A new study from Appirio and the International Association for Human Resource Information Management suggests that successful employee intranets will begin taking more cues from social media.
The office intranet is still important, but it could stand to learn a few new tricks, according to a new study.
The 2013 Appirio Employee Portal/Social Intranet Survey, based on research done by the International Association for Human Resource Information Management (IHRIM), suggests that the employee information stalwart is taking some cues from social media—and as a result, has the potential to be a major engagement tool. Among the key study points:
Portals haven’t kept up: According to the survey of IHRIM members, most companies have intranet technology based on SharePoint (the most popular option, at 39 percent) or custom, in-house platforms (35 percent). But portals haven’t kept up with more modern trends like cloud computing, social media, and mobile. Such technologies exist for intranet portals, but most respondents said their companies use theirs as a way to communicate HR procedure (70 percent), giving employees access to benefits info (61 percent), and as a launching pad for human resources application information (47 percent). In other words, much of the information being offered is one-way in nature.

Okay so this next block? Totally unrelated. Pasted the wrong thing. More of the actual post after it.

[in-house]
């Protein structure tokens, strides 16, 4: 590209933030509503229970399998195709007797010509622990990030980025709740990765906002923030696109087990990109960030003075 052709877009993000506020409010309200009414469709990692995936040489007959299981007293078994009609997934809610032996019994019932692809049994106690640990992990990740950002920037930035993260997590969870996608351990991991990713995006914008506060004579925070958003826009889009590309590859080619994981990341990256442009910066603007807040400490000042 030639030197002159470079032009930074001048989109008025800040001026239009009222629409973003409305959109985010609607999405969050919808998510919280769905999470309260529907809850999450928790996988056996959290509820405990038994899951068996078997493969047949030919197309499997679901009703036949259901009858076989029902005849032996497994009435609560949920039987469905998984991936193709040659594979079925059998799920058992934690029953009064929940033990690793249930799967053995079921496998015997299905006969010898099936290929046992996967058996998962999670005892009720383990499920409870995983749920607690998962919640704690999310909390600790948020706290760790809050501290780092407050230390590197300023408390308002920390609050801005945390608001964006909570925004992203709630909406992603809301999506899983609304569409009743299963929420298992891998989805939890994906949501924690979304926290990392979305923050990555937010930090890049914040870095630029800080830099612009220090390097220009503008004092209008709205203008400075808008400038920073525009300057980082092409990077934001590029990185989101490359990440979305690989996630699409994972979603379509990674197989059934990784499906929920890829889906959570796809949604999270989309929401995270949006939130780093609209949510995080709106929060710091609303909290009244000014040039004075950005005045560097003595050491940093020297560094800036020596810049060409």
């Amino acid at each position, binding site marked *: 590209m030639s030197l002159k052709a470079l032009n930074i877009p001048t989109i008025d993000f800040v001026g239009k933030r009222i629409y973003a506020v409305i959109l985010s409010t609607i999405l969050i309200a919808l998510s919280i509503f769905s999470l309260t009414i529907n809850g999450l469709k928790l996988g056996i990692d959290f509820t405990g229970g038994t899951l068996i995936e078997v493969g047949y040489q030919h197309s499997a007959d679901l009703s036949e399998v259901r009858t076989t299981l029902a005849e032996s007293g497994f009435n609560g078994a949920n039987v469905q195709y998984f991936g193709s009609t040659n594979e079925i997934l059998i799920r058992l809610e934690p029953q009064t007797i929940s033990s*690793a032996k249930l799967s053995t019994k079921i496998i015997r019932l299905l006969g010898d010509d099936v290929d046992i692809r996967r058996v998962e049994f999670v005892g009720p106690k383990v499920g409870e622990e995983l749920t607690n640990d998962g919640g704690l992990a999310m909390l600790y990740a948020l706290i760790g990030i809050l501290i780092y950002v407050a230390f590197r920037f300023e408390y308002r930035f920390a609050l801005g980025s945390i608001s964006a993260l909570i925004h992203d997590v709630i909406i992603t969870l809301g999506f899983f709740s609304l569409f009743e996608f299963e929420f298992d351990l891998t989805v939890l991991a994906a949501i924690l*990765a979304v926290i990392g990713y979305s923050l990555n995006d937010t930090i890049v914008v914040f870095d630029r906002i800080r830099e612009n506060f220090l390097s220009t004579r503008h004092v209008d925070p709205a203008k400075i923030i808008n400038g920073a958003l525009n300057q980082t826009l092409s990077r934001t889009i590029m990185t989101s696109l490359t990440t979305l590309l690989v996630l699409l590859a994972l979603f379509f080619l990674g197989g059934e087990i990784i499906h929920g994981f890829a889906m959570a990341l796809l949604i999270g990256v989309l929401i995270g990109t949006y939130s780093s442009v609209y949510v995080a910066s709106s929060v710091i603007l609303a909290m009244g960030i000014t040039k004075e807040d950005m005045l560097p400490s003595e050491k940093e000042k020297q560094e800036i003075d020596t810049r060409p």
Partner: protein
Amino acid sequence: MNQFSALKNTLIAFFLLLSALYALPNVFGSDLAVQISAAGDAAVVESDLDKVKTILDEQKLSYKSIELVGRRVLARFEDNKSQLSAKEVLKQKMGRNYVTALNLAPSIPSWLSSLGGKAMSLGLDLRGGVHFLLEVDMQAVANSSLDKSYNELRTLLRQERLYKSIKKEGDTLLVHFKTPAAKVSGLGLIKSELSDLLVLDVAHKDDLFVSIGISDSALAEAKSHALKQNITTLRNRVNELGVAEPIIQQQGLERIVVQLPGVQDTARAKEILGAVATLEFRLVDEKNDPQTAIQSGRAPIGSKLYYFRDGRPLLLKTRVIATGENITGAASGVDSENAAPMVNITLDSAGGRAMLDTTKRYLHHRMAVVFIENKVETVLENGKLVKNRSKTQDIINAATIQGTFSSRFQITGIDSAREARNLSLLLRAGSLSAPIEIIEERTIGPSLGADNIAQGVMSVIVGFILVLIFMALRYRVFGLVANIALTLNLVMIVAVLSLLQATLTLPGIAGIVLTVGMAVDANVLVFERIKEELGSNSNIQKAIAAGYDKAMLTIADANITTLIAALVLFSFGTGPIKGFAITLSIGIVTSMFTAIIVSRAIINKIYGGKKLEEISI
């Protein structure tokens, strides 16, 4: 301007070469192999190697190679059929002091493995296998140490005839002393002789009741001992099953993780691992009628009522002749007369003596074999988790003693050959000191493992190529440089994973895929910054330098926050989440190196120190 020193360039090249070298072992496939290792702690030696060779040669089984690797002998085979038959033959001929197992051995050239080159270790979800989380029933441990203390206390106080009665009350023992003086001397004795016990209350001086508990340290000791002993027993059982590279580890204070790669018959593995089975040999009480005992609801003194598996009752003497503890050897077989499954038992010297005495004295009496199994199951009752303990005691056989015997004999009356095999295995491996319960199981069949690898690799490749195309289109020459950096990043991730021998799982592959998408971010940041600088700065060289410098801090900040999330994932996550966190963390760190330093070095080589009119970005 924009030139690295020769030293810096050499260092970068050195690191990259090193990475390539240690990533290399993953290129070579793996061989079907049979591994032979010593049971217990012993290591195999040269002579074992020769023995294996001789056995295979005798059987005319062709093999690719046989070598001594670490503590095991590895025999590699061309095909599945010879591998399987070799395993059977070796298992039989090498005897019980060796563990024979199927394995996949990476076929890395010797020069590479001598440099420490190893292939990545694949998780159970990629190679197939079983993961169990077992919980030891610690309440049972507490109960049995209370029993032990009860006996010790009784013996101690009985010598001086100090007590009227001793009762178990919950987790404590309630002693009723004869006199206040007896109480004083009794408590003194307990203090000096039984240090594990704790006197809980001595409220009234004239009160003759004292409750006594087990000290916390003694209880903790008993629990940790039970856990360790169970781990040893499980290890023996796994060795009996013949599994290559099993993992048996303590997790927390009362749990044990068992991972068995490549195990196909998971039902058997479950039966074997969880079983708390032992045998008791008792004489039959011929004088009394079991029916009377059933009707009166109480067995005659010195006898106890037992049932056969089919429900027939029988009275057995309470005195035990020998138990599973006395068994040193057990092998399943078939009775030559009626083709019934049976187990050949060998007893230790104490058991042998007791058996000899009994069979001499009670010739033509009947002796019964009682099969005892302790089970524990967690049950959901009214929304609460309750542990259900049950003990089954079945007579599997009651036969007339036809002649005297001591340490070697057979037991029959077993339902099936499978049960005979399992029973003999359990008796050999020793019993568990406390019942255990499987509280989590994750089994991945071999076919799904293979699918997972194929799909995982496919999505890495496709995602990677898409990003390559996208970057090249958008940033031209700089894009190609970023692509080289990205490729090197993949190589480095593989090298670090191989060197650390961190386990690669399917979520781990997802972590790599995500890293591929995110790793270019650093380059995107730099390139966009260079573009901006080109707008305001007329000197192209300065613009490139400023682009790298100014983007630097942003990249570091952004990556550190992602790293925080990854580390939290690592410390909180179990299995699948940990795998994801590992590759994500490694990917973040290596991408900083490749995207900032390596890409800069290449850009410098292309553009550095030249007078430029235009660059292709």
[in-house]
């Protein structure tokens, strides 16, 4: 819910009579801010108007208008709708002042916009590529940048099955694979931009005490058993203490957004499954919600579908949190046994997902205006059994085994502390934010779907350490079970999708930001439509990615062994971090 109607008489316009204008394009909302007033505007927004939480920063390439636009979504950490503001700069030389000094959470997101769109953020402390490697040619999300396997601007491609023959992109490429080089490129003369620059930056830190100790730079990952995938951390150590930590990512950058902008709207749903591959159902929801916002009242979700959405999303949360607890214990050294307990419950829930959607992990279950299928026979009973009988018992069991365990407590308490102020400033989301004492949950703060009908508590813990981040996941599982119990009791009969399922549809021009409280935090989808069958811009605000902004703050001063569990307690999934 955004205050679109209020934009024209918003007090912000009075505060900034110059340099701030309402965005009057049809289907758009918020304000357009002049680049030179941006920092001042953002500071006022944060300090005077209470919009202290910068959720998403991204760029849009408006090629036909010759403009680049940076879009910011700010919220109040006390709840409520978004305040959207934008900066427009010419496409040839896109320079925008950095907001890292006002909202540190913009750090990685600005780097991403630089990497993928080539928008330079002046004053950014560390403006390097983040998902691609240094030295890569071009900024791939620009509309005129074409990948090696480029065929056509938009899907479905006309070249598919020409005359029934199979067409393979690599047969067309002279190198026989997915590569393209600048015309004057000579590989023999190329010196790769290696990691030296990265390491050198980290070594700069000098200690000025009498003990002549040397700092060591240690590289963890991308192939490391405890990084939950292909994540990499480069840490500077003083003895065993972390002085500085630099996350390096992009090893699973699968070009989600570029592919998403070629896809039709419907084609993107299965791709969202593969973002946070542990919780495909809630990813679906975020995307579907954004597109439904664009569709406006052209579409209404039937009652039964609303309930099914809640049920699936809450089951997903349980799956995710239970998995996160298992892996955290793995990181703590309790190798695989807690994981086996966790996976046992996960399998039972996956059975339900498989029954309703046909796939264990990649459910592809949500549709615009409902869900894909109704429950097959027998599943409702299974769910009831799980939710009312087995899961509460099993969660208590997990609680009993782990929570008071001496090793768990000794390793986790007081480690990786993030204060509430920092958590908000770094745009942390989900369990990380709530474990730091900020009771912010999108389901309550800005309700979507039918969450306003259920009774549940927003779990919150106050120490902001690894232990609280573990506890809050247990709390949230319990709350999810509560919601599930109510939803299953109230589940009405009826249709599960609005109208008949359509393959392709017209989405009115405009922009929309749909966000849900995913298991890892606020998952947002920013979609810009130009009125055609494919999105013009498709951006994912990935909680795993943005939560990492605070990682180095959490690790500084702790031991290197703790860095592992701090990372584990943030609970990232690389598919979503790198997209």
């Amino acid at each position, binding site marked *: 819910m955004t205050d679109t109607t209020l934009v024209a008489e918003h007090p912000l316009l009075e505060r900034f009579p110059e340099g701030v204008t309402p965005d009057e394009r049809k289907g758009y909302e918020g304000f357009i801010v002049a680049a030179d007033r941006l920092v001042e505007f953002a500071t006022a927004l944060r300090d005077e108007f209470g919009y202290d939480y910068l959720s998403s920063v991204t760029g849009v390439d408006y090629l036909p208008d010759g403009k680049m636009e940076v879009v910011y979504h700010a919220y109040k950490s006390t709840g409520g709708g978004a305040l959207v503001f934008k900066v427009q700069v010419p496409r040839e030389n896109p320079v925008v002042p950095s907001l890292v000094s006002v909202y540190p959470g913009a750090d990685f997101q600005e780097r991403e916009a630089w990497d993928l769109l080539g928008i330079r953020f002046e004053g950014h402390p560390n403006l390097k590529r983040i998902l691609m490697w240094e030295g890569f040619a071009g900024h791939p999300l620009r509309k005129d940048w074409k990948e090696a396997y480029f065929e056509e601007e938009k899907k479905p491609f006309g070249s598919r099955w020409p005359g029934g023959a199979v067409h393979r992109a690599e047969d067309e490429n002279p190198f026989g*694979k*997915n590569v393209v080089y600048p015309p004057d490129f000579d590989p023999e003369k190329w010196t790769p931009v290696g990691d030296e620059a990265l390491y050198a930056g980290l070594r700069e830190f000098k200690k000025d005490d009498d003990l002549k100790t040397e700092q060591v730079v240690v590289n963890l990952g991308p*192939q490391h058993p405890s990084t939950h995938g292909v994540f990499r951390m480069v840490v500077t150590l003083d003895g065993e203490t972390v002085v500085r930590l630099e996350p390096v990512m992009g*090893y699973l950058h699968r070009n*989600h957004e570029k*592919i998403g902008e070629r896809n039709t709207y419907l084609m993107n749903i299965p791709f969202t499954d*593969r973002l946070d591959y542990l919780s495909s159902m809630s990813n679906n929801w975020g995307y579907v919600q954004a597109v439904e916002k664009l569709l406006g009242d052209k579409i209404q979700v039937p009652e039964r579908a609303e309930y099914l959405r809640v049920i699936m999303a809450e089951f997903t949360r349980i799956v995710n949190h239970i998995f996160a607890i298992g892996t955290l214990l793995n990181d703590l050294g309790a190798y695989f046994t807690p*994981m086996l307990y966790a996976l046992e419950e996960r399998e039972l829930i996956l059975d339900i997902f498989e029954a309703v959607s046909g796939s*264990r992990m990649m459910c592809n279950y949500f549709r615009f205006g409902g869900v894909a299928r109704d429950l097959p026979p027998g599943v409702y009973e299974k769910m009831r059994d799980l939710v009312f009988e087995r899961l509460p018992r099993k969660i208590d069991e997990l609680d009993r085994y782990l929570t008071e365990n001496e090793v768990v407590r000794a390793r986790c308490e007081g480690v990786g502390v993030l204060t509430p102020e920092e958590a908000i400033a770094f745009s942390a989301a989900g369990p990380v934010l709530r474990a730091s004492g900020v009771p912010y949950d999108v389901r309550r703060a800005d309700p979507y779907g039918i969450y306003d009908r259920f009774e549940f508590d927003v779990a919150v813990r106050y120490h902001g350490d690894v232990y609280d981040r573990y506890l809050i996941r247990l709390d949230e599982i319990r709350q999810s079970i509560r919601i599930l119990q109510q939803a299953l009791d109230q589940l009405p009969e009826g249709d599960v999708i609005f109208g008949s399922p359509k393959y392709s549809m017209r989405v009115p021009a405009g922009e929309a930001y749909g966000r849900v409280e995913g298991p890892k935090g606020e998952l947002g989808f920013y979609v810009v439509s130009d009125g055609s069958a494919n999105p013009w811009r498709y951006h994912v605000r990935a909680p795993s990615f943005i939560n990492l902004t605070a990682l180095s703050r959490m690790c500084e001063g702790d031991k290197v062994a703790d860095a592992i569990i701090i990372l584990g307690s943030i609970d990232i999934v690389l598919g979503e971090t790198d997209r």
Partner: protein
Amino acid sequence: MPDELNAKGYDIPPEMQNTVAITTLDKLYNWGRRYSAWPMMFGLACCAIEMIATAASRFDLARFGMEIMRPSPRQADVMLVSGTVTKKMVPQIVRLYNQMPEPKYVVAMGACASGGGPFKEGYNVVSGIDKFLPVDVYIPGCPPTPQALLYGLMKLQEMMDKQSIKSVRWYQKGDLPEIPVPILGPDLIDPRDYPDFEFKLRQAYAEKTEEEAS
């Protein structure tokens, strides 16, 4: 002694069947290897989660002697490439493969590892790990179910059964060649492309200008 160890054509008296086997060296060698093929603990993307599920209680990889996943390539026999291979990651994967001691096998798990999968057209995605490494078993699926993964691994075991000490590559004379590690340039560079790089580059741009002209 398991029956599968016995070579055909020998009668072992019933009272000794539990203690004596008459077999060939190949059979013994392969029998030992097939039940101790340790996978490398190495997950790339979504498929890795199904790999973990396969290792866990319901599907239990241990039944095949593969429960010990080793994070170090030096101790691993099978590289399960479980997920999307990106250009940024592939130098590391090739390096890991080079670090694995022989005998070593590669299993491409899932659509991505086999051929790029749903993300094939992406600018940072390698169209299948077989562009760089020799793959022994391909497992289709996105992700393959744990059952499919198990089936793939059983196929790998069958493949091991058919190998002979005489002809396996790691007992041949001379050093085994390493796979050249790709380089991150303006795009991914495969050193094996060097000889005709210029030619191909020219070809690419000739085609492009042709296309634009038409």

Is upgrading worth it? It might be. Using intranet technology designed for social and mobile appears to juice engagement among employees. “In fact, when we look specifically at the question of business impact,” the study states, “we discover that those who are delivering an intranet solution with social or mobile components are experiencing a dramatic improvement in both employee engagement and collaboration (77 percent) over those who don’t offer social or mobile capabilities (33 percent).” The study notes that while most companies haven’t jumped on board a social intranet solution as of yet, the ones that have are finding success.
Apps don’t replace engagement: But for those considering an upgrade, a word of warning: Don’t treat it as a cure-all for poor morale. Programs such as these don’t matter if the employee engagement is forced or artificial, argues Inc.com contributor and business adviser Les McKeown. He suggests such programs are often a salve for poor, disengaging management. “So when someone approaches me for help in designing an employee engagement program,” he writes, “my first question is this: What’s wrong with your managers? Because, sure as shooting, if you need an employee engagement program, the reality is this: The problem is with your managers, not your employees.”
More information on the survey is available on the Appirio website.